After an hour, the mixture should become a smooth, mostly transparent golden slime, possibly with a faintly lemon scent (or maybe that was my imagination). Take off the heat and thoroughly stir in 2 tablespoons of rosewater. Pour the mixture into the lined baking tin, and allow to cool before putting into the fridge overnight.

Mix together 4 parts icing sugar to 1 part cornflour in a bowl. When it's ready, tip the brick of Turkish Delight out onto a clean surface (might be worth dusting the surface slightly with the icing sugar/cornflour mix, or just put down a fresh layer of greaseproof paper). Lightly oil a sharp knife and cut the brick into even chunks. Shake them in the icing sugar/cornstarch mixture and set aside. Serve immediately or refrigerate with layers separated by greaseproof paper, and all the remaining sugar/cornflour mix dumped in to prevent sticking.

The Results:
I must confess that I sneakily tasted the mixture after pouring it out into the tin. It's extremely sticky, and even going at it with a spoon left a fair among of the slimy stuff in the saucepan, so my tasting was actually a measure to reduce wastage. Honest.

At this stage, while still slightly warm and sort-of liquid, the rosewater flavouring was quite subtle, much like the traditionally-made Turkish Delight you can sometimes pick up in the market that operates around London's Southbank area (close to the London Eye), rather than the over-sweetened, artificially-flavoured jelly that tends to appear in the high street shops.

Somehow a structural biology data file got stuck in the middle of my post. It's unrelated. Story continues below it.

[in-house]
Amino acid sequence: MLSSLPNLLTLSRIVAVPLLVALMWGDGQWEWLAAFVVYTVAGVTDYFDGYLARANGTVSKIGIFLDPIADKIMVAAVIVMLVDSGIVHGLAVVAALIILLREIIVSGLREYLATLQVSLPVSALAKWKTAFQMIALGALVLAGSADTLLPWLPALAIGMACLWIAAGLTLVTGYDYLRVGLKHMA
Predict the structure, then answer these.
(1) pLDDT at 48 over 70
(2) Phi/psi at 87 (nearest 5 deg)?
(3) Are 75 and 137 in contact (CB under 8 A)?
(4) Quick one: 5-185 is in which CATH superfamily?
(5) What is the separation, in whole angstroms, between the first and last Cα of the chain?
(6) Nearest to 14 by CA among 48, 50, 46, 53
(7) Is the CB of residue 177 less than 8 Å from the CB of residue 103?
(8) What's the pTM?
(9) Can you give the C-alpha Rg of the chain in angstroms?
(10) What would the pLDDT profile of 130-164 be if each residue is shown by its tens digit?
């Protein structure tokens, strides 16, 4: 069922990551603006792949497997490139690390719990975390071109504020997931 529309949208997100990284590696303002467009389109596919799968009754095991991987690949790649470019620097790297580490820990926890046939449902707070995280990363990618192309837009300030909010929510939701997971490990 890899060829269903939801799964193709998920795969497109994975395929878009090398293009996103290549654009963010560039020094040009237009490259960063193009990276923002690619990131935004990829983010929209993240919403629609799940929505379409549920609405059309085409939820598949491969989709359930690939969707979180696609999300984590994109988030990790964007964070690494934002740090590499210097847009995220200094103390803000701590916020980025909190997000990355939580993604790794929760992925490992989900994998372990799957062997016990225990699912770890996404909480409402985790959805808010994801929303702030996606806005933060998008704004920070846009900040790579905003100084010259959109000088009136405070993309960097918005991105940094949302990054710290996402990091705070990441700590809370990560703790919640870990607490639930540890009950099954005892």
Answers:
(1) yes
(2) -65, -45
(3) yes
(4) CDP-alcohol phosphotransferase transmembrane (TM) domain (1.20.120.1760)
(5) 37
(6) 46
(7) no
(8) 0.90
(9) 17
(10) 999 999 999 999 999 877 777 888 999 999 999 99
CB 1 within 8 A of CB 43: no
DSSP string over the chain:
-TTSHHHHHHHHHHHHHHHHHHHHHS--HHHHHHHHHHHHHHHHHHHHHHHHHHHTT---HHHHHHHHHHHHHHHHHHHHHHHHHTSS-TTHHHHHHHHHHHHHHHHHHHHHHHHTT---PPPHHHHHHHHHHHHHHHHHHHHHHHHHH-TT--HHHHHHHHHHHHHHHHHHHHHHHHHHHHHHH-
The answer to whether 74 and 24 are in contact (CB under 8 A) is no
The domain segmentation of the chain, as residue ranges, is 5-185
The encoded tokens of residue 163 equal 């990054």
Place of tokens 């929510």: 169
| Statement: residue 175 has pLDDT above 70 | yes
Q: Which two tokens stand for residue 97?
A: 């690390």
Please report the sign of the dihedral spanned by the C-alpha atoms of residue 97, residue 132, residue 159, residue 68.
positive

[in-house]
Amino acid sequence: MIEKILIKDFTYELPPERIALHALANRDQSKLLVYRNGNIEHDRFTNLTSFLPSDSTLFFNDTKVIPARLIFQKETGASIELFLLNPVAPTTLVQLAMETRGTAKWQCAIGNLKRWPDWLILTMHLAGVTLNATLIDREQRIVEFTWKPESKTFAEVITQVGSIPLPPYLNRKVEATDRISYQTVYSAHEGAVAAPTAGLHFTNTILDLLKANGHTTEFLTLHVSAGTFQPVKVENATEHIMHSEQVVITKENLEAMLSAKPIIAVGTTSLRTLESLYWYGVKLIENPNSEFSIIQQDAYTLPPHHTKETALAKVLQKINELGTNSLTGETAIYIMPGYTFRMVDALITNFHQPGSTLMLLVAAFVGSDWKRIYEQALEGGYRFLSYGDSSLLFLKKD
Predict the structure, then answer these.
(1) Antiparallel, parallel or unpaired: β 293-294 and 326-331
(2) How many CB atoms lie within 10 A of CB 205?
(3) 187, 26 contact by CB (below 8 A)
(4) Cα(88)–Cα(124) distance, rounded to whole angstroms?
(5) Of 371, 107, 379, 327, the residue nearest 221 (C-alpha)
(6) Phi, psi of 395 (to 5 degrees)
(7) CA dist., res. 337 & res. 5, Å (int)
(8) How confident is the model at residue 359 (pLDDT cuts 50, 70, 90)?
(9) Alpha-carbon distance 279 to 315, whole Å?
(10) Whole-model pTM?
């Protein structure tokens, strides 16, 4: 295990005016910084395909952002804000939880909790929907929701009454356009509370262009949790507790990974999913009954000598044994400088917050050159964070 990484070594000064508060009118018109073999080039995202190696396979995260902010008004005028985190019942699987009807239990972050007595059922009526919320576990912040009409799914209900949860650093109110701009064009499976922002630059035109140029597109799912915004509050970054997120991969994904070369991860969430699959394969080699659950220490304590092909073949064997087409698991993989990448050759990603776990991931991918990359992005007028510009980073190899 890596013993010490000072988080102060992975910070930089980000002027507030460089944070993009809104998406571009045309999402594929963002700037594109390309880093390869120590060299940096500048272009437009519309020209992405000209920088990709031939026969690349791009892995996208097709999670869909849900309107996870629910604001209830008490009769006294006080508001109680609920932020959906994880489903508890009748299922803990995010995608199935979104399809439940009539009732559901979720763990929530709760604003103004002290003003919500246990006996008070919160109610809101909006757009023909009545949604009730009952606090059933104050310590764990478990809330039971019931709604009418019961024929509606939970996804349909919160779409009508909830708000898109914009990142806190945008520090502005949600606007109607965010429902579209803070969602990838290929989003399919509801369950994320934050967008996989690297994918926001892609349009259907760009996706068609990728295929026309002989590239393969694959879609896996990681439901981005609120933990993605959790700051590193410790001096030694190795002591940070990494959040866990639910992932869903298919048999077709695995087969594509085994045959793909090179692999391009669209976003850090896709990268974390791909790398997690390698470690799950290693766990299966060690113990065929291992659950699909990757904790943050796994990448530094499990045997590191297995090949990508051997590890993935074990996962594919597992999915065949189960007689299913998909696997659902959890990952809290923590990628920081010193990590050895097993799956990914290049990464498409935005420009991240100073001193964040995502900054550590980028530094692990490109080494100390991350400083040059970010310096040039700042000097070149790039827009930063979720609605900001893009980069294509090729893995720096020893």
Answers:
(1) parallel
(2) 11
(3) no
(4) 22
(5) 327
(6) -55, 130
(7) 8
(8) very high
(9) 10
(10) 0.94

Once set, it came out of the oiled grease-proof paper quite easily, but cutting it to size, even with an oiled knife, was very tricky. Whether there was something off about my mixture, or perhaps it should have remained in the fridge rather longer, I'm not sure... but I know it's supposed to be pretty sticky - which is why one coats it in the sugar/cornflour mixture - so maybe it was spot on.

The process of coating each piece didn't go very smoothly either. I couldn't quite tell if it was falling off or just soaking in to the surface of the sweet, but the power dusting seemed to fade after a few minutes. I tried re-coating a couple of pieces, but it wasn't particularly effective. The only way to keep them nice and dusted seems to be to make far more of the dusting that you need simply to coat them, and store the pieces in the dusting. Airtight containment shouldn't be an issue, because these things seem to sweat rather a lot and, as previously noted, proper Turkish Delight can be found in open-air markets.

Flavour-wise, they're still pretty subtle, but they definitely taste like Turkish Delight the rosewater is far more prominent than it was in slime-form. Perhaps it needed to 'breathe' for a while, but they turned out tasting just right (if I do say so myself). They do perhaps taste a little heavy on the sugar, so my next batch may cut down on that slightly...
The word from the folks was generally positive, though my father queried the lack of pink (believing the rosewater to be responsible for the 'usual' colour) and pointed out that I may have made a small error of judgement at the 'simmer for one hour' stage, because I put the lid on the saucepan. The point of simmering, he reckoned, is to boil away some of the water... and it seems likely that's why my Turkish Delight was sweating.